Augustus wiped his mouth on the back of his cardigan, though he almost instantly regretted it, knowing that the scent of alcohol would linger. He could barely imagine what his Mama and Vati would say if they knew that the detention (the detention they thought he never deserved in the first place) was spent like a party, making him the delinquent he never was.

"Not quite the fancy-ass flavor of the Rhine, now is it?"

"No," Augustus gagged, shaking his head. It was decently strong, and already he was feeling the alcohol rush to his face, a small, small layer of fuzz coat his head.

"I mean, I'm more partial to Smirnoff but you know, you take what is easily disguisable," Mike said. "Trust me, that is way better than this shitty vodka."

"Yeah?" Augustus laughed. Because this tasted like cough medicine. He wasn't up for another sip, so he handed to bottle back to Mike.

"You should be ashamed of yourself," Violet tisked, her voice dripping with disgust.

Mike scoffed. They had been playing this game all day and it was getting kind of old. But that didn't Augustus was sure Mike wasn't able to create more ways to insult the girl.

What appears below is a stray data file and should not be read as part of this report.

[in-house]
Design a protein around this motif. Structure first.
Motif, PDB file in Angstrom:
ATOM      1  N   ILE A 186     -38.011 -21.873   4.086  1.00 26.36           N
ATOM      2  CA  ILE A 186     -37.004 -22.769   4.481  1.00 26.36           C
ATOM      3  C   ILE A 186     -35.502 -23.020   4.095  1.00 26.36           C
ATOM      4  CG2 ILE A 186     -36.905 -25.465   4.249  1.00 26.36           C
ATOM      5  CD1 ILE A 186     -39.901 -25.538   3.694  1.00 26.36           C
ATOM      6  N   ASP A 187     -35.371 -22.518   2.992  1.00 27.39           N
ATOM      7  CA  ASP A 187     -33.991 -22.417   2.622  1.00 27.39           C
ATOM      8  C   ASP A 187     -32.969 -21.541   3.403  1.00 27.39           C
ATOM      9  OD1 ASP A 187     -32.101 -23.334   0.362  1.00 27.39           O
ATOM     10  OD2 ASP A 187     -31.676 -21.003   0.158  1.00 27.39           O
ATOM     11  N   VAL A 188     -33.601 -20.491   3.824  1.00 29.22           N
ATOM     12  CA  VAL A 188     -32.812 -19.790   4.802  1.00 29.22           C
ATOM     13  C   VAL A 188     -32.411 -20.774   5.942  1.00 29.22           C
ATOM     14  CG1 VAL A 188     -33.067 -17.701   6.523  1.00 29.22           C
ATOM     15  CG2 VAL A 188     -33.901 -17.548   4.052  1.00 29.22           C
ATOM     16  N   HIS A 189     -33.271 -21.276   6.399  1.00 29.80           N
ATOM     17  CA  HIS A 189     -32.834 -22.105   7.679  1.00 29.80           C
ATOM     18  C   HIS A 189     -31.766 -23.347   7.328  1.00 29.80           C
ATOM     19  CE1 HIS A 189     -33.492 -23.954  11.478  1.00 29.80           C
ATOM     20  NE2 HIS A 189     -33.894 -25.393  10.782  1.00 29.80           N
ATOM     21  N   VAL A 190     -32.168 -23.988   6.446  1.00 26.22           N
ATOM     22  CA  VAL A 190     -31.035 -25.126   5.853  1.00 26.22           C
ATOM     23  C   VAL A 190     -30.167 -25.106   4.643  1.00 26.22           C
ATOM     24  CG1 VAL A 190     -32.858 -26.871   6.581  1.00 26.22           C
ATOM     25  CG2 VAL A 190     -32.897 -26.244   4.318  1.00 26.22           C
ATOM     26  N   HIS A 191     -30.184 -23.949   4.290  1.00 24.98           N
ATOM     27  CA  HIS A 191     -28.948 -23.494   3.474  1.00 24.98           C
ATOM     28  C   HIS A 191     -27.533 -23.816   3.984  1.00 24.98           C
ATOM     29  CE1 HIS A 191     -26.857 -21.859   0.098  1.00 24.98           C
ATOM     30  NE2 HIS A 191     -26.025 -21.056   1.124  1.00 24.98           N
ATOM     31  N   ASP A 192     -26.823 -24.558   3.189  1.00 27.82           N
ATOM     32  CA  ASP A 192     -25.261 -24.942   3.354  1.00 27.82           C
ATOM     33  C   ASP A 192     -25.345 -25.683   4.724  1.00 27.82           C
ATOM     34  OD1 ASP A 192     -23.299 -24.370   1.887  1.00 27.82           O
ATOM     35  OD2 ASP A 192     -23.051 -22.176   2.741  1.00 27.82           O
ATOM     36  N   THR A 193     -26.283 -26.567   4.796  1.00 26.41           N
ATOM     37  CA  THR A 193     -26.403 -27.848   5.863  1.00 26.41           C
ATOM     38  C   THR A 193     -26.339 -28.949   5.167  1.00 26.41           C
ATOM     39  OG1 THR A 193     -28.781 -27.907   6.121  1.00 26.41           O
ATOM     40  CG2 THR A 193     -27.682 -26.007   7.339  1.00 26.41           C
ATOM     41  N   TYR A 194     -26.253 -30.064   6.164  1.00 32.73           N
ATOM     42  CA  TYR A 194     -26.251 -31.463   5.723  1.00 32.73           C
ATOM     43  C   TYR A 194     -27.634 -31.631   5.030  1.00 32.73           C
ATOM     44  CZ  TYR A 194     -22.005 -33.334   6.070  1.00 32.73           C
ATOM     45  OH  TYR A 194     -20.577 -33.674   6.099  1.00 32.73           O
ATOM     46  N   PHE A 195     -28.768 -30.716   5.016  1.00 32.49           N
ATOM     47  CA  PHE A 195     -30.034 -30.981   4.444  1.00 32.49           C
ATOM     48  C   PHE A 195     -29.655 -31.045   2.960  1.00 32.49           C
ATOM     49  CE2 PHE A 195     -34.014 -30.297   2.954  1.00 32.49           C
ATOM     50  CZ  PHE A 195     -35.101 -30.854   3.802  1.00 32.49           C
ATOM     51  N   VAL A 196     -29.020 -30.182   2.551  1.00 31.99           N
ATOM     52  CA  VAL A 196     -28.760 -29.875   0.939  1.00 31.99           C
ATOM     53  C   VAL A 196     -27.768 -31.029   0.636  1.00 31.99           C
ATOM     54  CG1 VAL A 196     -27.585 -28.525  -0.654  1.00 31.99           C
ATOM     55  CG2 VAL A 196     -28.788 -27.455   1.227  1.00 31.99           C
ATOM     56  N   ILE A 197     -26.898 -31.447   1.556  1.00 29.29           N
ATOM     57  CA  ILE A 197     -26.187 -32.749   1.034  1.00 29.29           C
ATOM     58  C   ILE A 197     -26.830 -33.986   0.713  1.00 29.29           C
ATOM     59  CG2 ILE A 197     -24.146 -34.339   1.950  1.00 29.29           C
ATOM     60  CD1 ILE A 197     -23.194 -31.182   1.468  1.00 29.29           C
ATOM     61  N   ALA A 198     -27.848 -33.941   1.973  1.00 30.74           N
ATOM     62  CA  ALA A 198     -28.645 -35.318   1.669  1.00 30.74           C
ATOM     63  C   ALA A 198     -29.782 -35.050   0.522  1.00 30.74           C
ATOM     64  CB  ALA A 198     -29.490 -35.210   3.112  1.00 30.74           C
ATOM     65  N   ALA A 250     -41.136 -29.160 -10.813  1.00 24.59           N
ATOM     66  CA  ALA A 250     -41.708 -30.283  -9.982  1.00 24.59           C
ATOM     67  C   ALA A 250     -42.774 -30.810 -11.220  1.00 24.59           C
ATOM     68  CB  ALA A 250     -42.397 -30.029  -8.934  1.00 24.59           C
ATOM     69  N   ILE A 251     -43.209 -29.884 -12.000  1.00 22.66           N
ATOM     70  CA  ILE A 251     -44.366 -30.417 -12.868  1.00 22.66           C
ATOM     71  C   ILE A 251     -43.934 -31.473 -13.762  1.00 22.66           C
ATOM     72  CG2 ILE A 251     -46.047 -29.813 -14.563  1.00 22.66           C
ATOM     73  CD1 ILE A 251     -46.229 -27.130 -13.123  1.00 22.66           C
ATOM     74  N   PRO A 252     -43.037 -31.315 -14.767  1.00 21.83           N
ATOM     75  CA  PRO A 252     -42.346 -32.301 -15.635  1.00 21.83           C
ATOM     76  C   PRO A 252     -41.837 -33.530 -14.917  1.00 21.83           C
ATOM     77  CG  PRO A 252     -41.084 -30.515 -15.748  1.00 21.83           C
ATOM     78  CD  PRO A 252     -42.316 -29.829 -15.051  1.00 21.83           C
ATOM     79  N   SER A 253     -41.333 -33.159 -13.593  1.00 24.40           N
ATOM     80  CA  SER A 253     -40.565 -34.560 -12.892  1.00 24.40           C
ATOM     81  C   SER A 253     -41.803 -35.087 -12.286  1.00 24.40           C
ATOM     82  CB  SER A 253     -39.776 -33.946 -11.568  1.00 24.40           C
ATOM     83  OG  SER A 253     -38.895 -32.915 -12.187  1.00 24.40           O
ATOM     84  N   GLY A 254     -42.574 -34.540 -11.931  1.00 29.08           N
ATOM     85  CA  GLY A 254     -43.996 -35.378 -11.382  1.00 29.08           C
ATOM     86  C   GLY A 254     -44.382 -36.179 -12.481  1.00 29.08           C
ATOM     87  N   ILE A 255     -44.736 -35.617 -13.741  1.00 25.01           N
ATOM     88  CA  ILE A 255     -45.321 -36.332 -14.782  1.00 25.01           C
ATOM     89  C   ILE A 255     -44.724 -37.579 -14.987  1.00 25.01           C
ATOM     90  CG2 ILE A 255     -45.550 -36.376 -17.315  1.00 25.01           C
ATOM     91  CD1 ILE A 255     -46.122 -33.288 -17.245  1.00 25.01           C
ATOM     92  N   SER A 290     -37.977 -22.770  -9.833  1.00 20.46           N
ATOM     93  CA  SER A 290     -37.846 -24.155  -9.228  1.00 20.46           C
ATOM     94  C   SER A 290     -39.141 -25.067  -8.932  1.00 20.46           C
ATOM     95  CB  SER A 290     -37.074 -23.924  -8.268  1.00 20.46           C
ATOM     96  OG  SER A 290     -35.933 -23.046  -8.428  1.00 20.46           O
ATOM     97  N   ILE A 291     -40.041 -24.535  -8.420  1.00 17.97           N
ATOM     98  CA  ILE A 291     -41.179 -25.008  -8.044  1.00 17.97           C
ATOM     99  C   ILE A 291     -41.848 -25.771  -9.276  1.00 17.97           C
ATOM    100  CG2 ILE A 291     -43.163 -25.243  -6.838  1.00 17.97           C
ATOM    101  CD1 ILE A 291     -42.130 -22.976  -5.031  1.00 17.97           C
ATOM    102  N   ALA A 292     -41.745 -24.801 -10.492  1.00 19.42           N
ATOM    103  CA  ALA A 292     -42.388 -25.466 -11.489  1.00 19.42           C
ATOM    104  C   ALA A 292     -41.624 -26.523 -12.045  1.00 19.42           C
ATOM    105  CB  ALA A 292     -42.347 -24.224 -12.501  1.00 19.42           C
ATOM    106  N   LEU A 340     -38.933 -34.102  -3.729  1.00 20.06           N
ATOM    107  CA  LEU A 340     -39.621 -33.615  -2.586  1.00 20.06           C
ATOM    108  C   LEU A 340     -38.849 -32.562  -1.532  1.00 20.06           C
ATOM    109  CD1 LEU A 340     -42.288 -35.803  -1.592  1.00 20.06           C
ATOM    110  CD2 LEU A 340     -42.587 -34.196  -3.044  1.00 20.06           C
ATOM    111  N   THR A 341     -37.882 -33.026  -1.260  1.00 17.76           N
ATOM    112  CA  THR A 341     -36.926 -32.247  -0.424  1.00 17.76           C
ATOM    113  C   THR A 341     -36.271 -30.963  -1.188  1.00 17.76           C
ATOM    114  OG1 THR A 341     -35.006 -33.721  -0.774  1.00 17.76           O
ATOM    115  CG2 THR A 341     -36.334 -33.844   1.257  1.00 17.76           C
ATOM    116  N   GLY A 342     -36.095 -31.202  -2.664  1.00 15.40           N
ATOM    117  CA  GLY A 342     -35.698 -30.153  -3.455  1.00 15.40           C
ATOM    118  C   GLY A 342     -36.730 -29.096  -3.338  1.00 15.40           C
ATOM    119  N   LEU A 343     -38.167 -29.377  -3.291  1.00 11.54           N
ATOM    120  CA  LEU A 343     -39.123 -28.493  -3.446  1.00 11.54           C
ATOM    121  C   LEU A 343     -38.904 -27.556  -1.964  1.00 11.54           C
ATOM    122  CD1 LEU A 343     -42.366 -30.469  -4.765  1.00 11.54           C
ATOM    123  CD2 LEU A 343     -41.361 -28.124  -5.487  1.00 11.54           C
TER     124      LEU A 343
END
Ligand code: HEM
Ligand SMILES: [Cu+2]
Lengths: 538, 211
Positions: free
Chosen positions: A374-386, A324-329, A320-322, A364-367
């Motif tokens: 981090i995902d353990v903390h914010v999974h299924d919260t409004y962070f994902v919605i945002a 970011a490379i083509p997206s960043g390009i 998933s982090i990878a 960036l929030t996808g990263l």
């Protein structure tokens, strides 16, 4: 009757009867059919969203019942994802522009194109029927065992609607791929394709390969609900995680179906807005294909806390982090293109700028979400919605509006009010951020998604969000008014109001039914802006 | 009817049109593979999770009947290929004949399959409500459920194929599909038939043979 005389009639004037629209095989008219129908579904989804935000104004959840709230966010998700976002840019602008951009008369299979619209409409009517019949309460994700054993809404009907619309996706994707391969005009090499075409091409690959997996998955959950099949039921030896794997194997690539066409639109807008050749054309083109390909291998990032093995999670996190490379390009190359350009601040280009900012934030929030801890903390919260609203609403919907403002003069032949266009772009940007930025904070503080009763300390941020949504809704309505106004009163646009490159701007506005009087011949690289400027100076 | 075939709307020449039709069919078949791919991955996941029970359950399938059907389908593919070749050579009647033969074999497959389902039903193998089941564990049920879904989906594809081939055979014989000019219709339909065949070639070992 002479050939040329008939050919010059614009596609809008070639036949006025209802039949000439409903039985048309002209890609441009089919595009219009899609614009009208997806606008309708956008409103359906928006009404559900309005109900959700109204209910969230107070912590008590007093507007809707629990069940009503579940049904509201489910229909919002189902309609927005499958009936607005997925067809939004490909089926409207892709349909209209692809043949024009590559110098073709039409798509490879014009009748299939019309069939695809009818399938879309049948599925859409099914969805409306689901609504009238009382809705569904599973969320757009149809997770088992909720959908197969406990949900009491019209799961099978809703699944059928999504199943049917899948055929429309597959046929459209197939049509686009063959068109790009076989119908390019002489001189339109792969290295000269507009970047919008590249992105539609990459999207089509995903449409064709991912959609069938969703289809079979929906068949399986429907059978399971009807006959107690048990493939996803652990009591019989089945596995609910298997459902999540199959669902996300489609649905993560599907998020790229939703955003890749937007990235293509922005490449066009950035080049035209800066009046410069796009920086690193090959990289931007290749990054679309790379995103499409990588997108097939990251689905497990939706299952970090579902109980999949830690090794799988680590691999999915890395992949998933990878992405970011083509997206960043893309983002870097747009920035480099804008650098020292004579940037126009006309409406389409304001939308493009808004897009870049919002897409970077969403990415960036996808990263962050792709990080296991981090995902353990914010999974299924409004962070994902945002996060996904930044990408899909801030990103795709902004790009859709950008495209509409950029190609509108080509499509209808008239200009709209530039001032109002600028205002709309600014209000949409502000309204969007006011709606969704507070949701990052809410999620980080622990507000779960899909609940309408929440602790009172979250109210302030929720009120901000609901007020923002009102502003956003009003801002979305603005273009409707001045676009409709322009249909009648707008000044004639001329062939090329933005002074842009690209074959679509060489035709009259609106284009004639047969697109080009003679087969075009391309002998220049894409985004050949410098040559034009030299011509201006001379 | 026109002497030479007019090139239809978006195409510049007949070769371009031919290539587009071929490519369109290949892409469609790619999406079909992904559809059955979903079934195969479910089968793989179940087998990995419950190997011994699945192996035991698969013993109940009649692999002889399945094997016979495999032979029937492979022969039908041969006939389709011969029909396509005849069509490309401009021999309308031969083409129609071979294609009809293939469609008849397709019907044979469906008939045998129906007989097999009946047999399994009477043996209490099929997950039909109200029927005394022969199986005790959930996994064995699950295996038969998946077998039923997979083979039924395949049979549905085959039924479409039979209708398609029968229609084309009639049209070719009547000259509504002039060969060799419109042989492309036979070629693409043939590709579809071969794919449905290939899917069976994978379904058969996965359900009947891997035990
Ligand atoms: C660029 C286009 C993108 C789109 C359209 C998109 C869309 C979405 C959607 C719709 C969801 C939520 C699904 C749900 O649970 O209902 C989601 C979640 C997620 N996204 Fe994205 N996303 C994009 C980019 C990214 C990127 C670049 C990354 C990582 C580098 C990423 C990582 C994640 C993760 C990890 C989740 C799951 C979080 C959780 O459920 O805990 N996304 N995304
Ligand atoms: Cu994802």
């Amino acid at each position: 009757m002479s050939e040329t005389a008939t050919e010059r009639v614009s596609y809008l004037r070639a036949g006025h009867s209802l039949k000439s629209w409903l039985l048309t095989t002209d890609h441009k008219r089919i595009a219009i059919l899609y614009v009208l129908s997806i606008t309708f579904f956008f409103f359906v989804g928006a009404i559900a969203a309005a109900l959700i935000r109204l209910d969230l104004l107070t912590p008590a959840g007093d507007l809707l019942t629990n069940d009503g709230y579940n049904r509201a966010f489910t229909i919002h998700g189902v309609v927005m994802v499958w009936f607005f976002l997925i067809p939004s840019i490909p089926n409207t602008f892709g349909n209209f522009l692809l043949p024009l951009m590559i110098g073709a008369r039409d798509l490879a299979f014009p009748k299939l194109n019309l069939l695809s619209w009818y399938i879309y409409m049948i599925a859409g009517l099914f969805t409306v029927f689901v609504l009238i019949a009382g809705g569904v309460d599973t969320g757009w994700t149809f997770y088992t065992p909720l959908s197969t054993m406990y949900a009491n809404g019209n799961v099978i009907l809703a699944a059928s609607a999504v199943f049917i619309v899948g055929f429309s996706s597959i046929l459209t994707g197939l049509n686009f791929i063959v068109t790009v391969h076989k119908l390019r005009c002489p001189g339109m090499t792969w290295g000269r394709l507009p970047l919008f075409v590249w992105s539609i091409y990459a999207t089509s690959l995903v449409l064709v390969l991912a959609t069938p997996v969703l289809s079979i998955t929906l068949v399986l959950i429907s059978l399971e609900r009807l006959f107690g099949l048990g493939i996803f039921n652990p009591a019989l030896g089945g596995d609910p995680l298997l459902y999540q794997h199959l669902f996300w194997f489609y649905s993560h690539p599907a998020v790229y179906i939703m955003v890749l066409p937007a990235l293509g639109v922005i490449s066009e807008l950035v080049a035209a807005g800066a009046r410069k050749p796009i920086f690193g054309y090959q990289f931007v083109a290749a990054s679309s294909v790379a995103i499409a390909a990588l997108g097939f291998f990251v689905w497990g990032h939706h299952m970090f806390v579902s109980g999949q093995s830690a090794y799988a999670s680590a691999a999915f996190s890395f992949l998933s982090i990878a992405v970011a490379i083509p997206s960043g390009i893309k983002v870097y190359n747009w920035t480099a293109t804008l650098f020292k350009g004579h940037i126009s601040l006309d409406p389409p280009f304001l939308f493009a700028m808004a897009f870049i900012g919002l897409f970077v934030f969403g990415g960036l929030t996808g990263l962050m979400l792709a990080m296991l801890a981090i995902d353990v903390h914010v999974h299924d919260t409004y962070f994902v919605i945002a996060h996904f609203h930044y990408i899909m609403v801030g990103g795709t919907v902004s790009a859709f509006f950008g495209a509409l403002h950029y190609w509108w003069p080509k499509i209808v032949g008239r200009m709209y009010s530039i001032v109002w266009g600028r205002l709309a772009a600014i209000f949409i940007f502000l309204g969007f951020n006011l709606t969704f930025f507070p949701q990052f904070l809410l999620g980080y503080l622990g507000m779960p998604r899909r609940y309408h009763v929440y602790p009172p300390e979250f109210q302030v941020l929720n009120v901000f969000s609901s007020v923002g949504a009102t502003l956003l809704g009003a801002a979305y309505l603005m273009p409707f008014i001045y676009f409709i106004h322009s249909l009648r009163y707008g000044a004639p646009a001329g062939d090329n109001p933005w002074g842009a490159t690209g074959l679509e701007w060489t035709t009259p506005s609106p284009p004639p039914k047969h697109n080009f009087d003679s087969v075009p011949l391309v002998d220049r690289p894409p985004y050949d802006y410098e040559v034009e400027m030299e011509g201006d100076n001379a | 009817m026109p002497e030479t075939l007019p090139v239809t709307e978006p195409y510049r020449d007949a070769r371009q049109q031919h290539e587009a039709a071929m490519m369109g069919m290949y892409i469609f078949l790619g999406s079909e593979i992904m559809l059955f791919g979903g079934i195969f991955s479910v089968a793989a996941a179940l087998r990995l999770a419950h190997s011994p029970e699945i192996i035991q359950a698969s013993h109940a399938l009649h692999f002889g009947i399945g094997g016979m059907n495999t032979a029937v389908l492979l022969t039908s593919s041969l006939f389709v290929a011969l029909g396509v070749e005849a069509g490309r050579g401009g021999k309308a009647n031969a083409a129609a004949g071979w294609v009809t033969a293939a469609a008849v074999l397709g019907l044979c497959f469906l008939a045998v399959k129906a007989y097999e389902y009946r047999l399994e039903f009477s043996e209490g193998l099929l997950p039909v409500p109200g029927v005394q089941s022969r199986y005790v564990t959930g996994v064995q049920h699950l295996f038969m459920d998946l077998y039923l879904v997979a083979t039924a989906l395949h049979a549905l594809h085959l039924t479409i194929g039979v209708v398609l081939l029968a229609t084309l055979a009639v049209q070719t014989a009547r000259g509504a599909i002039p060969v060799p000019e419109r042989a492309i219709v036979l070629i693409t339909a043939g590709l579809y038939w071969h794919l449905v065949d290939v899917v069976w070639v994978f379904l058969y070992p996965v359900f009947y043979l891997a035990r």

"Violet, when will you ever pull that stick out of your perky, aerobised ass?"

Violet's face glowered and this was the closest that Augustus was sure that the girl was going to get up from her seat and smack the boy across the face. She said something low, something dangerous, something along the lines of, "The hell did you just say to me?"

But Mike ignored her. " It's a Saturday for chrissake. Can't we have a little fun? Look, where he comes from, this is nothing. This is normal for Gus."

Augustus didn't know what happened at that moment, why at this exact moment of time, he decided to speak what had been on his mind for the whole day.

"It's Augustus."

The sentence came out quiet, but it wasn't whispered. It was strong. (There might have been some truth in the phrase "liquid courage.")


Mike asked the question, but when Augustus looked over at the other three, he could see their mutual surprise.

"My name is Augustus," he said, stronger. "It is not 'Gus.' Or, for that matter, 'Lard.''"

Augustus looked over to Charlie. He had been subjected to this nicknaming, too. Augustus didn't know how exactly the other boy felt about being called "Chuck." But Charlie smiled at him, encouraging in that Charlie-sort of way.

But Mike? He snorted. "Well, Ah-goo-stus," Mike mimicked his accented pronunciation. "Don't you think that your name is a little . . . old fashioned? And long."